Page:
"There were a variety of things in the field that drove up those costs," McKenzie said.
He said legal and audit fees, and a federal requirement to pay prevailing wages to workers also increased costs.
Also Sunday night:
* Given told state lawmakers she remains "hopeful" that federal officials will give the state an extension to complete the high-speed Internet expansion project. The state will have to return $2.5 million in leftover stimulus funds if the feds don't grant the extension. The deadline for completing the project was Dec. 31.
The state plans to distribute the $2.5 million to Citynet, a Bridgeport company that hopes to install equipment that will connect West Virginia to the national Internet "backbone" in Columbus and Pittsburgh.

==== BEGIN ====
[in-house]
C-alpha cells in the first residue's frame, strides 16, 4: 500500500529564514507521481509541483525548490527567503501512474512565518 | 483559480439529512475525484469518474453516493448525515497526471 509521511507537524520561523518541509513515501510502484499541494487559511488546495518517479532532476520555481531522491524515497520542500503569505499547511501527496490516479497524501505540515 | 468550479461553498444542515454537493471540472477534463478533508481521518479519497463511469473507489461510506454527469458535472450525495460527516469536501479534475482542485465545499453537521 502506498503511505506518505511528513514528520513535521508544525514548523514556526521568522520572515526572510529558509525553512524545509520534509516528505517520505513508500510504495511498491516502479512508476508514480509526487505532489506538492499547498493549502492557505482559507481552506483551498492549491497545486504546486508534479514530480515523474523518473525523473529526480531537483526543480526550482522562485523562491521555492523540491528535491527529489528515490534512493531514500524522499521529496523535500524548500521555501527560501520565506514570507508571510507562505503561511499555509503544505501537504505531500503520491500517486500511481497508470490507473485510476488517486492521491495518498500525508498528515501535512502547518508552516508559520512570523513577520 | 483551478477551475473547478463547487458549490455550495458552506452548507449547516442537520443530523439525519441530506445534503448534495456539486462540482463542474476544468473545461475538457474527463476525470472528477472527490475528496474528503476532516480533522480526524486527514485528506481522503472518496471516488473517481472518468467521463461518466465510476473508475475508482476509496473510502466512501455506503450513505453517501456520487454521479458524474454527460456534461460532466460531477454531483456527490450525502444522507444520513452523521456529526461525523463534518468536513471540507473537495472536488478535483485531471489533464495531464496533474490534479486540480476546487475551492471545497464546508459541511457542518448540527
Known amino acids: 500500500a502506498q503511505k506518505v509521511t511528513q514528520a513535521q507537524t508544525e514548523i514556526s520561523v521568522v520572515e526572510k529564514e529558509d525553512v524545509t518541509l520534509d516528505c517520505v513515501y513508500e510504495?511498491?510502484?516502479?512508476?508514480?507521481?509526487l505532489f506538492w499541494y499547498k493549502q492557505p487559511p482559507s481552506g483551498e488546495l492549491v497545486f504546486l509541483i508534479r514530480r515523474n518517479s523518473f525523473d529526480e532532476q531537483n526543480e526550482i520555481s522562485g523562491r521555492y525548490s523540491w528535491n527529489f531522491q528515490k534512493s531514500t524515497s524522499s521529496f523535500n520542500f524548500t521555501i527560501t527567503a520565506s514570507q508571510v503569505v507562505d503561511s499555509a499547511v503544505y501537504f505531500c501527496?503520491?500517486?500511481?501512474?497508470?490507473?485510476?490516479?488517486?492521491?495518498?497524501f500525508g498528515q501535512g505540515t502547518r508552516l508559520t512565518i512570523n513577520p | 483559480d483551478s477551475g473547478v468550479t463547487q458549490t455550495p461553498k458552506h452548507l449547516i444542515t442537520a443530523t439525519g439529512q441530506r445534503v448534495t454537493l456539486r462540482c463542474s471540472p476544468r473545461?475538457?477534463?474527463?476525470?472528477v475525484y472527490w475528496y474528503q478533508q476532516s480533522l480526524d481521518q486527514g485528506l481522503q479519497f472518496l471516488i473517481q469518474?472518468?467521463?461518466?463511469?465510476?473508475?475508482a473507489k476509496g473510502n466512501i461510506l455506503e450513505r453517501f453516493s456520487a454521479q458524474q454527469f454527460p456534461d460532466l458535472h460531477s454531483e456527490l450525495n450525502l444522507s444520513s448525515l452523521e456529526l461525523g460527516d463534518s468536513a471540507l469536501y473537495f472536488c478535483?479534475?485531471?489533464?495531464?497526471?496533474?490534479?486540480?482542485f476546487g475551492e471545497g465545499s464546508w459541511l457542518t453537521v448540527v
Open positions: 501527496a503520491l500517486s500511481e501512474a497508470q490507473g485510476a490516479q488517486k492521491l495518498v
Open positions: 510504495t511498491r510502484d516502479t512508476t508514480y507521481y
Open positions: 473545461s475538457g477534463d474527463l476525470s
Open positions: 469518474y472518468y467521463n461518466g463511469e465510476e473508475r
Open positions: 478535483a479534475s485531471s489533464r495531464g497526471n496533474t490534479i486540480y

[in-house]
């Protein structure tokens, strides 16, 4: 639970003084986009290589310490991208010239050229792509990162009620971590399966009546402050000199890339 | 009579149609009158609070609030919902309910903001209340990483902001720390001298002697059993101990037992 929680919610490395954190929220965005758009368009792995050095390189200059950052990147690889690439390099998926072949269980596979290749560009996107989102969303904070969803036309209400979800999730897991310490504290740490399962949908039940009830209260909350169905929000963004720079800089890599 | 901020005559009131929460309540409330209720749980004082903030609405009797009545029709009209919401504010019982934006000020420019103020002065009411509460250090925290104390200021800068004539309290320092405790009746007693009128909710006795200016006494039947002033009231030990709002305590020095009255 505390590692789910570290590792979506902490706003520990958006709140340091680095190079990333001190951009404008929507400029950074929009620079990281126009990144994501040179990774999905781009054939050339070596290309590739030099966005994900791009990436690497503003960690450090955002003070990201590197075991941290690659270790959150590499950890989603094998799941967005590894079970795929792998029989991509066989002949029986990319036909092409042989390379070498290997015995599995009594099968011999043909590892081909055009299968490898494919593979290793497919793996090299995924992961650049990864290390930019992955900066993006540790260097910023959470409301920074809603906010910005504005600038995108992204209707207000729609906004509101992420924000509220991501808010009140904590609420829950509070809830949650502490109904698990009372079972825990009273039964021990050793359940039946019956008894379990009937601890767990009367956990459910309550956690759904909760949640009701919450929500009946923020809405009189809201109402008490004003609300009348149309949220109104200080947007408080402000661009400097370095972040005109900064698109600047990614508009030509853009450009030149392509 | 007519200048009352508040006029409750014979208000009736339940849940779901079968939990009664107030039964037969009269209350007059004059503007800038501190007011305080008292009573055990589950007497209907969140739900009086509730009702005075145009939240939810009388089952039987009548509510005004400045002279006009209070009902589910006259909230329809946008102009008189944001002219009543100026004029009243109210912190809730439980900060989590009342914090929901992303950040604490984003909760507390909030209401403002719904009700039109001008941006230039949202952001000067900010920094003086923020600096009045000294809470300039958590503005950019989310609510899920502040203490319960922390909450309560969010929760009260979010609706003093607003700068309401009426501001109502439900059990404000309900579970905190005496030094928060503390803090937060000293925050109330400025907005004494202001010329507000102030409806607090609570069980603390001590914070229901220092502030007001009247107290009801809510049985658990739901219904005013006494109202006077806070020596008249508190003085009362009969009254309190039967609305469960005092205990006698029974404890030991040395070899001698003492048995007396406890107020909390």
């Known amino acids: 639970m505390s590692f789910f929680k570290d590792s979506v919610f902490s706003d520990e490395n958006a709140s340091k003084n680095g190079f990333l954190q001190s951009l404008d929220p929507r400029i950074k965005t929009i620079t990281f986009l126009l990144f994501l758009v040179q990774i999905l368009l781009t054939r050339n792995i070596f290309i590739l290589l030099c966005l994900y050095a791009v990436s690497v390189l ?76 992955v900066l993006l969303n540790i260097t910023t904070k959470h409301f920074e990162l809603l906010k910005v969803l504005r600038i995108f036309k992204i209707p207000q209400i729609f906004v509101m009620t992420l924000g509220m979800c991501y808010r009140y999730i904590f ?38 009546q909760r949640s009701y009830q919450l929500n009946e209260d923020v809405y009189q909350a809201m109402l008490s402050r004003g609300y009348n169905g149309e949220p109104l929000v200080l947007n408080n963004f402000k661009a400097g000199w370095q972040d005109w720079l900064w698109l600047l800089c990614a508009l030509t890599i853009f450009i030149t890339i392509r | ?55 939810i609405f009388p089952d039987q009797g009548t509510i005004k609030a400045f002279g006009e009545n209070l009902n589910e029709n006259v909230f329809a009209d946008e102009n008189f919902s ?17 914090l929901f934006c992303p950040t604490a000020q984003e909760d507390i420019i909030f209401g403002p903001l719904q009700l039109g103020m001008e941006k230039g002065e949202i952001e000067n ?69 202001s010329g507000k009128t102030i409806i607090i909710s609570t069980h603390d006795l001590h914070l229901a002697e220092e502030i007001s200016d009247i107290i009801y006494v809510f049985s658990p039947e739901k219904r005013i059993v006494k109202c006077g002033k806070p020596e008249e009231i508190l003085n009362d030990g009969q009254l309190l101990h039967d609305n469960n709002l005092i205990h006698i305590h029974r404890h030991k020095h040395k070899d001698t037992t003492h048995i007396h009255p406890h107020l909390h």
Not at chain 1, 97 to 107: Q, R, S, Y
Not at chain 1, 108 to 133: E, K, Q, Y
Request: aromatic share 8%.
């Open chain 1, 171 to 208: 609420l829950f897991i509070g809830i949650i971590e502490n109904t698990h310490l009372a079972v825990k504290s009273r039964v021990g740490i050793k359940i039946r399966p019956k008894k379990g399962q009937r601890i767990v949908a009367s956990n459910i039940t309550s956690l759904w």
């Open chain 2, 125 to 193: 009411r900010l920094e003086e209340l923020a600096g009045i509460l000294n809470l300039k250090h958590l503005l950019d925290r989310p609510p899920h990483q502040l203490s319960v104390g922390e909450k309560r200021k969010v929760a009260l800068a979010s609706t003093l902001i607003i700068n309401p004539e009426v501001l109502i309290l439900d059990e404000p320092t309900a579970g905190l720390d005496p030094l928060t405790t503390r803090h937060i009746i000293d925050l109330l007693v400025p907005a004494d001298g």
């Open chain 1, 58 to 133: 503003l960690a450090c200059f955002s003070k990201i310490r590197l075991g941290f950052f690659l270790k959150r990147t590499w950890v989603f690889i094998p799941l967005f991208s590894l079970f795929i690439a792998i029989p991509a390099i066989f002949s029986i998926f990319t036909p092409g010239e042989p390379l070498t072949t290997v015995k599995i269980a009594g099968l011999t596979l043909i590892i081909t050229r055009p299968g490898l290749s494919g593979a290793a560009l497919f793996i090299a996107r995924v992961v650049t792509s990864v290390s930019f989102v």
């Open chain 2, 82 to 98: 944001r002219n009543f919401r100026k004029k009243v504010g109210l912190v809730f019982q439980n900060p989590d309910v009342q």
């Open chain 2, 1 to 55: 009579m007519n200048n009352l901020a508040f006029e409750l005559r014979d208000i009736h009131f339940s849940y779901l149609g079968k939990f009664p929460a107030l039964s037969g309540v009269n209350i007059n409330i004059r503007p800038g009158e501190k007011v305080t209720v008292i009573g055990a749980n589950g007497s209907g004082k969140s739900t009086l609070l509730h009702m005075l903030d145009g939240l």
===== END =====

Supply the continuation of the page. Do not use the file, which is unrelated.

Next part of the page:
"Right now," I don't have a sense of what's going to happen," Given said. "I'm still hopeful, but I have nothing to base that on."
* State lawmakers reiterated a longstanding request that Frontier release engineering maps that detail fiber construction. McKenzie said the company would talk to Given about turning over the maps. Williams said the maps would "ensure what we're being bill for is actually what we received."
Reach Eric Eyre at erice...@wvgazette.com or 304-348-4869.